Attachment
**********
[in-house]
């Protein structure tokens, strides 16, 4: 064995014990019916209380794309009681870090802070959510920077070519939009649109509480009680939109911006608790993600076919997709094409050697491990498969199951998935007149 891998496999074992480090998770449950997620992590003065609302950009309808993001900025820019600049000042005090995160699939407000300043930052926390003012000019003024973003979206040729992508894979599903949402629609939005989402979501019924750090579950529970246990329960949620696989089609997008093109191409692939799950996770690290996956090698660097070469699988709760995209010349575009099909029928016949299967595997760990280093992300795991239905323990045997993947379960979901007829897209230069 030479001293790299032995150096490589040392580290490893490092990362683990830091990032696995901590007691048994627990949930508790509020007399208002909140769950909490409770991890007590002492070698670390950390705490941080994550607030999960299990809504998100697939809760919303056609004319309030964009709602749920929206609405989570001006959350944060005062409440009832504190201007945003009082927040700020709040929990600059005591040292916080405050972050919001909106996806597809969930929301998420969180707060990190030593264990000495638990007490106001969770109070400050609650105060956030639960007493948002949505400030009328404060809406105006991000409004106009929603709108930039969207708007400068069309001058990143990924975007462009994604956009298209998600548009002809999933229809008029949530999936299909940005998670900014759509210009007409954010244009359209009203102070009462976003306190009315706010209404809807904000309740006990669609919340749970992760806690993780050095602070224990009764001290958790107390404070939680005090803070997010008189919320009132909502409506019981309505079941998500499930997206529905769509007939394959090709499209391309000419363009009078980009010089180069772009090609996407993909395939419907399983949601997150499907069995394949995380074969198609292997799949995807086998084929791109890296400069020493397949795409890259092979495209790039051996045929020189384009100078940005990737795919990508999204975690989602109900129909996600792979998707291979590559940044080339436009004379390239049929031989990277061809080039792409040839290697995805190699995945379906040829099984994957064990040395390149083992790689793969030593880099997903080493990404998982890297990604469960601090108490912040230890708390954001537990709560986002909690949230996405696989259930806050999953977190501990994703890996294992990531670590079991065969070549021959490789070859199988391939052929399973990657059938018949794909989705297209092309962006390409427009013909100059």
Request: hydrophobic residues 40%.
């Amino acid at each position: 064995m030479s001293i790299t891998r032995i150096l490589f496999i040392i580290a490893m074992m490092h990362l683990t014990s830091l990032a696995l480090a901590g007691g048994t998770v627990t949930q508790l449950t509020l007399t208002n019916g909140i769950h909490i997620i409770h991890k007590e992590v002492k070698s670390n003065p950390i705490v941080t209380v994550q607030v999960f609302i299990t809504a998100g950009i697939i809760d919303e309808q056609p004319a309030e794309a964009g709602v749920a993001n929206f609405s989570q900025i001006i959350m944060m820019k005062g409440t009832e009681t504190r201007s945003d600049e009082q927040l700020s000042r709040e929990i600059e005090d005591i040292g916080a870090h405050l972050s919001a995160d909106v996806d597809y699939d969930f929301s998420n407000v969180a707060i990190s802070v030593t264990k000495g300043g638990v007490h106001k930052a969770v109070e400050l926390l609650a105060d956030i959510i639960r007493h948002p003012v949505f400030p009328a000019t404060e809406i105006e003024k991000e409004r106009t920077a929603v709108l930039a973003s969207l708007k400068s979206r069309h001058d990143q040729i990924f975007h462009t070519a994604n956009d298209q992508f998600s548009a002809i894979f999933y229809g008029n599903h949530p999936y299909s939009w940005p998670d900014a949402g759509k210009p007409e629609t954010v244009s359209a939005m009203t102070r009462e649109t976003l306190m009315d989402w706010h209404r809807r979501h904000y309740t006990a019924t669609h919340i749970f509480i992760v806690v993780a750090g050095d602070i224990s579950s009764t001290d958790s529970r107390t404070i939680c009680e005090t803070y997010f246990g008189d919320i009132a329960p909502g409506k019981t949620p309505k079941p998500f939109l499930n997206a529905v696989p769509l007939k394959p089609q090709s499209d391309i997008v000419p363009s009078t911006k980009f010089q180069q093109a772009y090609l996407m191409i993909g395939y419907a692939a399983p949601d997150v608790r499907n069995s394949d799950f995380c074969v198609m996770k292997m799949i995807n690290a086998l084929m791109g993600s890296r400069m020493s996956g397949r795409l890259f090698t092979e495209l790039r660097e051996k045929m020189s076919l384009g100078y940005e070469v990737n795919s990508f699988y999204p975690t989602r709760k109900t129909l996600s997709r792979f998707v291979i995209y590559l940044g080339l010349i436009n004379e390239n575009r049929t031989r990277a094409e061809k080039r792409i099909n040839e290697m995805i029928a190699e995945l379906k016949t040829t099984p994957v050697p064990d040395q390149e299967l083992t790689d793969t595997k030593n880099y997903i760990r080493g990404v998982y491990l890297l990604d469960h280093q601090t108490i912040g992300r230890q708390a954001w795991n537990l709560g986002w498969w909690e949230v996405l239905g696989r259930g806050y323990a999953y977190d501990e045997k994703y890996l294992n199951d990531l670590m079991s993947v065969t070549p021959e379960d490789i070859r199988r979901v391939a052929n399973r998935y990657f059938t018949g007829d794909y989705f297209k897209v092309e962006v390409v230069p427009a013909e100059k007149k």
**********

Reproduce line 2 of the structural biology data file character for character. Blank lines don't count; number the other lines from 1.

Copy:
């Protein structure tokens, strides 16, 4: 064995014990019916209380794309009681870090802070959510920077070519939009649109509480009680939109911006608790993600076919997709094409050697491990498969199951998935007149 891998496999074992480090998770449950997620992590003065609302950009309808993001900025820019600049000042005090995160699939407000300043930052926390003012000019003024973003979206040729992508894979599903949402629609939005989402979501019924750090579950529970246990329960949620696989089609997008093109191409692939799950996770690290996956090698660097070469699988709760995209010349575009099909029928016949299967595997760990280093992300795991239905323990045997993947379960979901007829897209230069 030479001293790299032995150096490589040392580290490893490092990362683990830091990032696995901590007691048994627990949930508790509020007399208002909140769950909490409770991890007590002492070698670390950390705490941080994550607030999960299990809504998100697939809760919303056609004319309030964009709602749920929206609405989570001006959350944060005062409440009832504190201007945003009082927040700020709040929990600059005591040292916080405050972050919001909106996806597809969930929301998420969180707060990190030593264990000495638990007490106001969770109070400050609650105060956030639960007493948002949505400030009328404060809406105006991000409004106009929603709108930039969207708007400068069309001058990143990924975007462009994604956009298209998600548009002809999933229809008029949530999936299909940005998670900014759509210009007409954010244009359209009203102070009462976003306190009315706010209404809807904000309740006990669609919340749970992760806690993780050095602070224990009764001290958790107390404070939680005090803070997010008189919320009132909502409506019981309505079941998500499930997206529905769509007939394959090709499209391309000419363009009078980009010089180069772009090609996407993909395939419907399983949601997150499907069995394949995380074969198609292997799949995807086998084929791109890296400069020493397949795409890259092979495209790039051996045929020189384009100078940005990737795919990508999204975690989602109900129909996600792979998707291979590559940044080339436009004379390239049929031989990277061809080039792409040839290697995805190699995945379906040829099984994957064990040395390149083992790689793969030593880099997903080493990404998982890297990604469960601090108490912040230890708390954001537990709560986002909690949230996405696989259930806050999953977190501990994703890996294992990531670590079991065969070549021959490789070859199988391939052929399973990657059938018949794909989705297209092309962006390409427009013909100059």